Simulating Everything: Galaxy Cluster Mergers in a Supercomputer

John ZuHone, University of Chicago

Photo of John ZuHone

Clusters of galaxies provide exciting laboratories for the study of fundamental physics, the nature of matter, and probes of the expansion history of the universe. One of the most direct windows into the nature of the dynamics of clusters of galaxies is the intracluster medium (ICM), the hot 10-100 million-degree plasma that makes up the bulk of ordinary matter in clusters of galaxies. The ICM radiates predominantly in X-rays, and precision instruments such as the Chandra and XMM-Newton X-ray telescopes provide excellent images and spectral analysis. In this talk I will present computer simulations of a pair of merging galaxy clusters, which are modeled to resemble a particular cluster merger that is believed to be occurring along our line of sight. We not only simulate the dynamics of the clusters but construct simulated X-ray observations to determine if the signatures and nature of such an interaction can be determined from observations.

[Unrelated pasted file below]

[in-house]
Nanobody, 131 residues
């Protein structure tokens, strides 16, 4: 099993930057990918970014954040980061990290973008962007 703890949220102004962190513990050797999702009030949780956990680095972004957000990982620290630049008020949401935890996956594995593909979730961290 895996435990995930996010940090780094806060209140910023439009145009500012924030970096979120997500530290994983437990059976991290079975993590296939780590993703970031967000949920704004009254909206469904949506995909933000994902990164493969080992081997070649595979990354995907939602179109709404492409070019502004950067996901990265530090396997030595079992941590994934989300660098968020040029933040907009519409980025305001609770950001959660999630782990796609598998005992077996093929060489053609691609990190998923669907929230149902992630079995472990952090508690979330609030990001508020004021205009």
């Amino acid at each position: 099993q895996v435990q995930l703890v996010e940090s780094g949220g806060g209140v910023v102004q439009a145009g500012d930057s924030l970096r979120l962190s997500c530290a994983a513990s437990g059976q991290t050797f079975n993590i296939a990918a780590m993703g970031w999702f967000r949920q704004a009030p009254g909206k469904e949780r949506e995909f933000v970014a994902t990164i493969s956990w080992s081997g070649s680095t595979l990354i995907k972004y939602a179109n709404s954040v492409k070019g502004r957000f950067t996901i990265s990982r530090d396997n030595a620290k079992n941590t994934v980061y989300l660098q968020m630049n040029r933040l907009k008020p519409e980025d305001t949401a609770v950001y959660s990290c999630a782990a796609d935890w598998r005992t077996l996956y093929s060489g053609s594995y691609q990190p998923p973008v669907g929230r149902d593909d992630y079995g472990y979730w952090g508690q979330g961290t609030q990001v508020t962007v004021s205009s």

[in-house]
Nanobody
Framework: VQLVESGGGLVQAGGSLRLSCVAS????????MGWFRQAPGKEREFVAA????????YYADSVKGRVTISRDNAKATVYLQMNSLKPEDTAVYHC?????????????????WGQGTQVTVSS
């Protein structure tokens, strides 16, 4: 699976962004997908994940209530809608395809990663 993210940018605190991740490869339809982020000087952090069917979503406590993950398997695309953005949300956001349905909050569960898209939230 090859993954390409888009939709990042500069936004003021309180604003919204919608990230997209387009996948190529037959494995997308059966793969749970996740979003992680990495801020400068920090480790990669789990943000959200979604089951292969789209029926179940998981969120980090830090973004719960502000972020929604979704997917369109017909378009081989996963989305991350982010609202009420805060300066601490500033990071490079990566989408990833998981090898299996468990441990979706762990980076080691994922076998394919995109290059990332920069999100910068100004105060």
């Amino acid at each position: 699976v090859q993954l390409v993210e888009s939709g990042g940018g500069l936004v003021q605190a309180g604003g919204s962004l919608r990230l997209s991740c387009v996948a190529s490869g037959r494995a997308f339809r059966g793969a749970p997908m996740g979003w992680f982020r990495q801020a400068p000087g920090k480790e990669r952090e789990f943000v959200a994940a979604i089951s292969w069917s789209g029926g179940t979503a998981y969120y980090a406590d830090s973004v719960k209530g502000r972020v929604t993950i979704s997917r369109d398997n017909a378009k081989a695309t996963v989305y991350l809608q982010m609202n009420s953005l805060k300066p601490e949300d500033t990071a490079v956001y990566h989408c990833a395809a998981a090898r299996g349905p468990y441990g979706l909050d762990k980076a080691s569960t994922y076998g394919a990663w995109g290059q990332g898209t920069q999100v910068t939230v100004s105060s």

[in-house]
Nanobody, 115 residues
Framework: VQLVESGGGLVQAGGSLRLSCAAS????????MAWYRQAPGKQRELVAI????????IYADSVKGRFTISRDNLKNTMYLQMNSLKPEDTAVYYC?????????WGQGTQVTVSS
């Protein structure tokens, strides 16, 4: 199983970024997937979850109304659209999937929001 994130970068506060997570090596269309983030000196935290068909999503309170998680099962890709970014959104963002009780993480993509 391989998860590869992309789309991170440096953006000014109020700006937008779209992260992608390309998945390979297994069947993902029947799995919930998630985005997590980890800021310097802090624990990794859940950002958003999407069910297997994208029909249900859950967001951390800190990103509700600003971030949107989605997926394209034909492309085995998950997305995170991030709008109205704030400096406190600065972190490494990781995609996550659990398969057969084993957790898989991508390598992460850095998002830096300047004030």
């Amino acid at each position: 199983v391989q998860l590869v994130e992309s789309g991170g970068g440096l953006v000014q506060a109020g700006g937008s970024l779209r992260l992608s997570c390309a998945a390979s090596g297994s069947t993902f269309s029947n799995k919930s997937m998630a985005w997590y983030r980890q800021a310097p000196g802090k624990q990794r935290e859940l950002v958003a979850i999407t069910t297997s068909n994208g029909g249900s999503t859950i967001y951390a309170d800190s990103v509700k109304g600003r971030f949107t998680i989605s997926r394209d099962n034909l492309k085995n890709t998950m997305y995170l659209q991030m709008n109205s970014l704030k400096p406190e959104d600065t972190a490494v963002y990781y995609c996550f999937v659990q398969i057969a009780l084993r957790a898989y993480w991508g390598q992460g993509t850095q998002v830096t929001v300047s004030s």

Abstract Author(s): J.A. ZuHone, P.M. Ricker, D.Q. Lamb, H.-Y. Yang